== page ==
A Guide to Rabbit Dental Care
Whether your pet is big or small, they all need love and care just the same. In this blog, we discuss how you can effectively care for your rabbits teeth, including how to check their teeth, signs that something is wrong, and what to do if your rabbit suffers from either gum disease or overgrown teeth.
How Many Teeth Do Rabbits Have?
One of the most defining features of any small pet, rodents and rabbits alike, is those big square front teeth, but what many people don’t realise is Rabbits actually have 28 teeth in total. These teeth include
- 4 long incisors - 2 on the top and 2 on the bottom, which are used for snipping grass or other vegetation.
- 2 “peg teeth” - behind the top incisors which aid their incisors in shearing vegetation.
- 11 premolars and molars - 6 on the top and 5 on the bottom, which grinds up vegetation so it can be swallowed.
How to Check Your Rabbit’s Teeth
The premolars and molars are too far back in your rabbit's mouth to be checked easily and so should be left for your veterinary professional to do during your rabbit’s yearly health check.
Their front teeth (the incisors), however, should be checked at least weekly to ensure they’re in good condition. This can be done by gently holding them facing away from you when they’re calm and gently parting their lips to reveal their teeth.
When you can see their teeth, check:
- Their top and bottom teeth are meeting properly in the middle
- Their teeth are not loose
- That their gums are pink and healthy.
Do Rabbit Teeth Keep Growing?
Rabbit teeth are hypsodontic, which means they are continuously growing throughout your rabbit’s life. While this is perfectly natural, it does mean that rabbits and other rodents, such as guinea pigs and rats, are also prone to a number of different dental conditions if they’re unable to grind their teeth down to an appropriate length.
Overgrown Rabbit Teeth
When a rabbit is unable to properly wear their teeth down, or their top and bottom jaw are misaligned (a condition known as malocclusion), they can soon become overgrown. Overgrown teeth can affect any of the teeth in your rabbit's mouth, not just the incisors.
Not only do overgrown rabbit teeth prevent your rabbit from being able to eat properly, or at all, as well as hurting your rabbit as the teeth begin to curve and can get caught on things such as wire mesh in hutches and runs or cage bars, or can grown into their gums and mouth which can be incredibly painful for them.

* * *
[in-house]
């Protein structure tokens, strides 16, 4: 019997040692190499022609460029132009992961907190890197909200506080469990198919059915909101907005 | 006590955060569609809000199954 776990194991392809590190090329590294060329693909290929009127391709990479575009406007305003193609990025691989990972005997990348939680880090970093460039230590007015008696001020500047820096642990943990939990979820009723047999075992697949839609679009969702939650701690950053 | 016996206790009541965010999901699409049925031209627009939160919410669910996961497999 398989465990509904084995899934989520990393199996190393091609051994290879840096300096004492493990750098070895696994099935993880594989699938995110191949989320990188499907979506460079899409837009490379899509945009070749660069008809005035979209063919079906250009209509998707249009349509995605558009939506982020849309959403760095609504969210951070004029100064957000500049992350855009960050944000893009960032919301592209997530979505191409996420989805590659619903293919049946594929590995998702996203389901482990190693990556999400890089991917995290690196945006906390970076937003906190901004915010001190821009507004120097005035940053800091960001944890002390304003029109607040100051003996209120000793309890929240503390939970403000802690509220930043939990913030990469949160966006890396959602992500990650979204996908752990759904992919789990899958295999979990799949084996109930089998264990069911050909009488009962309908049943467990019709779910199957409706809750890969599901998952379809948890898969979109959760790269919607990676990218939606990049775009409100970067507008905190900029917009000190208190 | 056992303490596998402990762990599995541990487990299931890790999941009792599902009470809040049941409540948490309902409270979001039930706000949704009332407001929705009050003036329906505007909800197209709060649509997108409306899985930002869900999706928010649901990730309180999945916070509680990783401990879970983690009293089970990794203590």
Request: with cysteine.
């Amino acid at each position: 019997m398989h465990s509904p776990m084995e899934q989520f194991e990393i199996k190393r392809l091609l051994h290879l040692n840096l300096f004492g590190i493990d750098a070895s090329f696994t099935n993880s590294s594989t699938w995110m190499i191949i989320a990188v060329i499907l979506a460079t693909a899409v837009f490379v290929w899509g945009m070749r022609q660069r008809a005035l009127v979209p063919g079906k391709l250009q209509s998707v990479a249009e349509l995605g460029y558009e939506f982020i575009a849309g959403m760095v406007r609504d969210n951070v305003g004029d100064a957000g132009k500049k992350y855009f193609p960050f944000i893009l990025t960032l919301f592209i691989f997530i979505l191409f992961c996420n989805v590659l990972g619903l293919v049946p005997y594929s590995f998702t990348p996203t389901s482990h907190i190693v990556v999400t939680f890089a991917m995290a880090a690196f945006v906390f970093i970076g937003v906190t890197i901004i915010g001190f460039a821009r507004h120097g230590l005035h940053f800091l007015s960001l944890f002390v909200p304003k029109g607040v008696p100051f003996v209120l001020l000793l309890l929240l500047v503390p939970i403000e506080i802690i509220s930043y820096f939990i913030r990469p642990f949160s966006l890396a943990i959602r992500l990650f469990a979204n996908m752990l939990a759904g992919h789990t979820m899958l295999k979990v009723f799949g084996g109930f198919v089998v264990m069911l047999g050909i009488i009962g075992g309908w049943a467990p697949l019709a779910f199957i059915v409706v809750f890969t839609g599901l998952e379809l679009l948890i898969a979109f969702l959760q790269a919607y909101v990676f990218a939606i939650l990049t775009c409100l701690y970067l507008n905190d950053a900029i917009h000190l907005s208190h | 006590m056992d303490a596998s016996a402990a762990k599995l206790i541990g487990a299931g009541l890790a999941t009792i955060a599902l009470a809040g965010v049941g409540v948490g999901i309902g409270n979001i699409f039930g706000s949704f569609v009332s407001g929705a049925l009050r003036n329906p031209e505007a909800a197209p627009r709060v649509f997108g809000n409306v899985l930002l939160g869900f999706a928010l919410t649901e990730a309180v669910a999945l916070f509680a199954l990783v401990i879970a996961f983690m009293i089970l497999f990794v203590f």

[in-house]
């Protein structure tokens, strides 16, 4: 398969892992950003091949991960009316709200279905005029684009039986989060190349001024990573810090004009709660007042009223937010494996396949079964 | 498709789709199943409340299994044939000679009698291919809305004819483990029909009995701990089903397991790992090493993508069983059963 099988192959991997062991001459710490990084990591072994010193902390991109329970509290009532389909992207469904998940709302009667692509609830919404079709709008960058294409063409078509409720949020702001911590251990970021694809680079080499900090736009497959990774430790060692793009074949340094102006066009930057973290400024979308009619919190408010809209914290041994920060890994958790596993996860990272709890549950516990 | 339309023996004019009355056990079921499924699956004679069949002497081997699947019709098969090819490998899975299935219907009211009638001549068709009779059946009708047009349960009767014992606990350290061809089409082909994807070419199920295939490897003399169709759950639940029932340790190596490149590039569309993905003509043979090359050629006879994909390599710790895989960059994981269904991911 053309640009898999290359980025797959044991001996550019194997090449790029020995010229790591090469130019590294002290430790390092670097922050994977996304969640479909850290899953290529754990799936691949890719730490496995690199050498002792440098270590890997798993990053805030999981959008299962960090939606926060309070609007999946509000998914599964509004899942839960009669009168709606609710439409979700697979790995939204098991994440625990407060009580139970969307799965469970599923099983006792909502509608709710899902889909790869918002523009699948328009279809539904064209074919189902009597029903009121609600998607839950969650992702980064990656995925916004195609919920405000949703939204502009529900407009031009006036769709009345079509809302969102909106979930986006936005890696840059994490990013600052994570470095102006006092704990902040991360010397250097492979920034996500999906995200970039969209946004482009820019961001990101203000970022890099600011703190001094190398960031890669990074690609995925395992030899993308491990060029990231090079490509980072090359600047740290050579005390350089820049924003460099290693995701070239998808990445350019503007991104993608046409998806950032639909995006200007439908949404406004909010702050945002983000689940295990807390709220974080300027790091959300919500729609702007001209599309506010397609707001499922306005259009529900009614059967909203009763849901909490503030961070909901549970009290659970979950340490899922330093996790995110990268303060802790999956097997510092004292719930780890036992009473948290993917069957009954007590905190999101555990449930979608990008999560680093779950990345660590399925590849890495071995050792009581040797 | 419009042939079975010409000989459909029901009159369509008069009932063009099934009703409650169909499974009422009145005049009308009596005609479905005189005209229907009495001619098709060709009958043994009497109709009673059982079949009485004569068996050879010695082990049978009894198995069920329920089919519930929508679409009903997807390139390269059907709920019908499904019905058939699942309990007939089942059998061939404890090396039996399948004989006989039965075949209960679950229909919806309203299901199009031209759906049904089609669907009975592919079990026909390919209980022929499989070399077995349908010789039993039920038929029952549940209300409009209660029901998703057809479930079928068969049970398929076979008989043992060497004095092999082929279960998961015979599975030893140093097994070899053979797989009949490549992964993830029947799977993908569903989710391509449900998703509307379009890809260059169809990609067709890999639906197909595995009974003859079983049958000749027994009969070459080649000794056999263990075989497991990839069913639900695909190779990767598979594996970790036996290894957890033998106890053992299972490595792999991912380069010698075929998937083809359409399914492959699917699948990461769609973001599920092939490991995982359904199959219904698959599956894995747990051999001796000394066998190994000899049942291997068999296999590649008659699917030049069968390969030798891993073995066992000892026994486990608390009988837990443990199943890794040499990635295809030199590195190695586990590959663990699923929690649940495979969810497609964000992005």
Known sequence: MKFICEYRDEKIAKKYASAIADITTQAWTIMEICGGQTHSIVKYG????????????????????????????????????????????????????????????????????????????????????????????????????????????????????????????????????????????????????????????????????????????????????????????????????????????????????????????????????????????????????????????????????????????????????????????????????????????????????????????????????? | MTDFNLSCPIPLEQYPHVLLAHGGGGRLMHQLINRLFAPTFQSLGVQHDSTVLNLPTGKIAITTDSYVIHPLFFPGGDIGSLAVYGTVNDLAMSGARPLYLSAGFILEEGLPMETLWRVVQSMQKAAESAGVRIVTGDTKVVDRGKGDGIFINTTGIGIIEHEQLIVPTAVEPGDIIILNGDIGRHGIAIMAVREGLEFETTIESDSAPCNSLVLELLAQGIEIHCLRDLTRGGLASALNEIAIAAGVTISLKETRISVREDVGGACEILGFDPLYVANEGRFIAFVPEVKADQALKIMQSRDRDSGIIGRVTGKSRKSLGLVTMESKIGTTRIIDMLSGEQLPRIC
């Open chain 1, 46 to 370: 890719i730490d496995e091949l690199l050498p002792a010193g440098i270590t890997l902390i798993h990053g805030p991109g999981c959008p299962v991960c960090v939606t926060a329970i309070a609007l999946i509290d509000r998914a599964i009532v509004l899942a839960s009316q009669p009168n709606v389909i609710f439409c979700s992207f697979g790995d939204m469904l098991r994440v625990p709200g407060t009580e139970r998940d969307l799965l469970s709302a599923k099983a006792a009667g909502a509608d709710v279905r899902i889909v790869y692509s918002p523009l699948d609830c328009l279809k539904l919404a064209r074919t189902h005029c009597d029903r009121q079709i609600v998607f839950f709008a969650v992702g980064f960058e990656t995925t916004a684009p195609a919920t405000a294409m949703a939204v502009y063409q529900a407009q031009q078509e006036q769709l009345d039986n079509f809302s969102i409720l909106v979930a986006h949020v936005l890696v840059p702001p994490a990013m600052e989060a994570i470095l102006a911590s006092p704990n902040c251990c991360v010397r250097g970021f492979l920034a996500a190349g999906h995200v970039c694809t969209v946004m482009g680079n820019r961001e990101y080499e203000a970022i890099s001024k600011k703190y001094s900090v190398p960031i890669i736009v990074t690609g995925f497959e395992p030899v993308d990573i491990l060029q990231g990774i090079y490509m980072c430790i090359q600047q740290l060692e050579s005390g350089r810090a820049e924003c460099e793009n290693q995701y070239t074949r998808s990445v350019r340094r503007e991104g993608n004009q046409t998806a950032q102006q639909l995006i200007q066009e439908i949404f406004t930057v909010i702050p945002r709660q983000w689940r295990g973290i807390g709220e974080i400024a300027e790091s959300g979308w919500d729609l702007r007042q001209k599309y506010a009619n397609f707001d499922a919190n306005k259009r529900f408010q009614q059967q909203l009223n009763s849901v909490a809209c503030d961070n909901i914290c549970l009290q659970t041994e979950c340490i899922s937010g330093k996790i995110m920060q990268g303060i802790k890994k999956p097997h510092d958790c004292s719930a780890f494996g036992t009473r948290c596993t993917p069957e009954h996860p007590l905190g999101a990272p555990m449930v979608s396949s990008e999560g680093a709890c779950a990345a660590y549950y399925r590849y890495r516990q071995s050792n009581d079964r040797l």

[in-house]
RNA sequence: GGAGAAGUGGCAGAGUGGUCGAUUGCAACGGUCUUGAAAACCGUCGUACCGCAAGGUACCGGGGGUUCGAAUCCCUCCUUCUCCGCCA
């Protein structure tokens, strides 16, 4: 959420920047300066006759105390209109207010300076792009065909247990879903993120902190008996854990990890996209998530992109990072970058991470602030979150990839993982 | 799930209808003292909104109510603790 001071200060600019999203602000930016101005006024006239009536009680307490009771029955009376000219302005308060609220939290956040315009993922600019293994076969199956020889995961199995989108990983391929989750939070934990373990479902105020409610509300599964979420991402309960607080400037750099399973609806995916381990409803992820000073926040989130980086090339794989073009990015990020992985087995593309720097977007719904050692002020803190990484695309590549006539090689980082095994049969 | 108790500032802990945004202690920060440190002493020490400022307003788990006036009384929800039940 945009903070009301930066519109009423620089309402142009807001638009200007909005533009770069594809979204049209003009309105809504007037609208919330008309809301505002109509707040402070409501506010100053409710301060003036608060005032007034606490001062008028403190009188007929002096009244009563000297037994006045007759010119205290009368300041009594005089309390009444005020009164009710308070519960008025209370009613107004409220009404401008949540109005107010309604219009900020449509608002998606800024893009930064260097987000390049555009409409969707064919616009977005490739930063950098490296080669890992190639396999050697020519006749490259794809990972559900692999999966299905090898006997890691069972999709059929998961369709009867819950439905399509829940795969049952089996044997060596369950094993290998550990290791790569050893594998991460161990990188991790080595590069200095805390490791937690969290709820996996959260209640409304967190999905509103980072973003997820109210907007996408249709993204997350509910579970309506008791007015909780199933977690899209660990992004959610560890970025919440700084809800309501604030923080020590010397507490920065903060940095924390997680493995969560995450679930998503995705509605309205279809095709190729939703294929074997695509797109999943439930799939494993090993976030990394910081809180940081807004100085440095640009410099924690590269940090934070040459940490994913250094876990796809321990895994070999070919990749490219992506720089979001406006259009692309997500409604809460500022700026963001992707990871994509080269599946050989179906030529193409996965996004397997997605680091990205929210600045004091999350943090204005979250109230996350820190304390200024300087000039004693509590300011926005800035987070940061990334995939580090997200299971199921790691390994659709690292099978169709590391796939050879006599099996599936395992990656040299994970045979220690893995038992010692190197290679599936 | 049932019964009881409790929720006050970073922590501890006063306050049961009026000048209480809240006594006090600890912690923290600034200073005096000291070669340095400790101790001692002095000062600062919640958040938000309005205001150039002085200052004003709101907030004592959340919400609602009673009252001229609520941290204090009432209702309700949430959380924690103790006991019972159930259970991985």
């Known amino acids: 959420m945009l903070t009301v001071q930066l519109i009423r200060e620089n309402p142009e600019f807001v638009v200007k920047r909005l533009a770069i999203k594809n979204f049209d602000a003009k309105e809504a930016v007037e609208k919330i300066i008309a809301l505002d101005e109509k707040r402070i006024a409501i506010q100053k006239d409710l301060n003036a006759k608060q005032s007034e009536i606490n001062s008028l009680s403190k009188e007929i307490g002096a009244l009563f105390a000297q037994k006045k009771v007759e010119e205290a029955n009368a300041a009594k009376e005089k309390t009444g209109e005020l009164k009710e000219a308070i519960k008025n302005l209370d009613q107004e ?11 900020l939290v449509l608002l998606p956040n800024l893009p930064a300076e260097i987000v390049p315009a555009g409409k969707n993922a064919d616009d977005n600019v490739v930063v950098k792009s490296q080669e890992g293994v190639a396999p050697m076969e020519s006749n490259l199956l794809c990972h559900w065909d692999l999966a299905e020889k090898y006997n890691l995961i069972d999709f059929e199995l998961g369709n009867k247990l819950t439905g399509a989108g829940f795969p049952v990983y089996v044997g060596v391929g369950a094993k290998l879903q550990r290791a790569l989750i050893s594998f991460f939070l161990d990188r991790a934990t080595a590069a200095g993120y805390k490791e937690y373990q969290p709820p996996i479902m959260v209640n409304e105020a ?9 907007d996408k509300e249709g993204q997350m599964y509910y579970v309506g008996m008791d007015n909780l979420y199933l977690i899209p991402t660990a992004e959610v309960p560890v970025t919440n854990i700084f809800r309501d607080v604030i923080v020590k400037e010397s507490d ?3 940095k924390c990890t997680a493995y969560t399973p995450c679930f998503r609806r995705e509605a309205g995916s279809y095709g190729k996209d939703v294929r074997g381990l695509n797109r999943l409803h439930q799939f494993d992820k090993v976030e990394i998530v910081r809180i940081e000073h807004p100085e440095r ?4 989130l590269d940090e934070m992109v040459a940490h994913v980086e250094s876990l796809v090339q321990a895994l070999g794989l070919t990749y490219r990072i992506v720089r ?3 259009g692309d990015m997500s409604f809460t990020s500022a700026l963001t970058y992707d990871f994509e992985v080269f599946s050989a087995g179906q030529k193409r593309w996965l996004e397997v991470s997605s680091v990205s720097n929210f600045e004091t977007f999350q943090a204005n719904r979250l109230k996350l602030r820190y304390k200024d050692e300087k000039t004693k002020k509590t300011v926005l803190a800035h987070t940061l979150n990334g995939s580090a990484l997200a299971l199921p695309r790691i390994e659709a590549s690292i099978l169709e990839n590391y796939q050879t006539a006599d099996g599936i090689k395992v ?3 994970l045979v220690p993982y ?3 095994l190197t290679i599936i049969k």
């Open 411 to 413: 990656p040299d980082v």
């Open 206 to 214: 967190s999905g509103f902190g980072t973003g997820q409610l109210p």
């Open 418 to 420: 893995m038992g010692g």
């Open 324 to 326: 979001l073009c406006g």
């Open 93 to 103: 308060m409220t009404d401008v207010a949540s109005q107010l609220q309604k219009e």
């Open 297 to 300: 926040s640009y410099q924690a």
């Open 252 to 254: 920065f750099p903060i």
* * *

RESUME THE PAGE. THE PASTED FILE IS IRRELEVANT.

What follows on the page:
A visual check of your rabbit’s incisors is usually enough for you to notice if they are becoming overgrown, as they won't meet properly in the middle, whereas the back teeth are harder to tell. As prey animals, rabbits don’t tend to show many signs that they’re in pain or ill, but there are some symptoms you should keep an eye for, such as:
- Difficulty eating
- Bad breath
- Behavioural changes
If you notice any of these signs or can see your rabbit’s teeth are overgrown, you need to contact your vet immediately. Overgrown teeth need to be trimmed down by a veterinary professional while the animal is under anaesthetic.
Preventing Overgrown Rabbit Teeth
While overgrown teeth in rabbits can vary in severity, there are a number of ways you can help prevent it from occurring, such as:
- Regularly checking their teeth (at least weekly)
- Feeding them an appropriate rabbit food diet full of grass, leafy veggies and hay to help mimic their diet in the wild.
- Providing plenty of chewable toys and gnaw sticks to encourage their natural chewing instincts and help them keep their teeth worn down.
Dental Disease in Rabbits
As well as overgrown teeth, rabbits can also suffer from other dental diseases, such as dental abscesses and gum disease, which can be incredibly painful for your rabbit and significantly impact their well-being. An insufficient diet most commonly causes these diseases, so choosing the right food for your rabbit is essential. You can learn more about what makes a suitable rabbit diet in our guide to rabbit care below.
As we’ve mentioned above, checking your rabbit’s teeth regularly is essential to ensuring everything is in working order, especially since rabbits don’t like to show when they’re in pain. As well as making sure their teeth are the proper length, make sure their gums look healthy and pink, not red or inflamed as well as monitoring their usual behaviour for other symptoms of illness like:
- Lack of appetite
- Dropping food
- Excessive drooling and wet faces or front legs
- Facial swelling
- Rubbing their face
- A lack of grooming, particularly around their tail and rear end.
How to Care For your Rabbit’s Teeth
As we’ve said above, caring for your rabbit’s teeth is a key part of rabbit ownership and any signs of problems should be followed by a vet consultation, as many rabbit illnesses aren’t noticed until symptoms are shown, which may be too late.
Remember, the best ways to care for your rabbit’s teeth are:
- Weekly checks of their front teeth and gums
- Feeding an appropriate and fibre-rich diet
- Providing plenty of toys for them to chew and gnaw
- Having their teeth checked by a vet once a year
By following these rabbit dental care tips, you can make sure your bunny is running, hopping and binking to their heart's content.
If you would like to learn more about how to care for your rabbit or for advice on choosing the best food for your rabbit, get in touch with us today, and a member of our friendly team will be happy to help.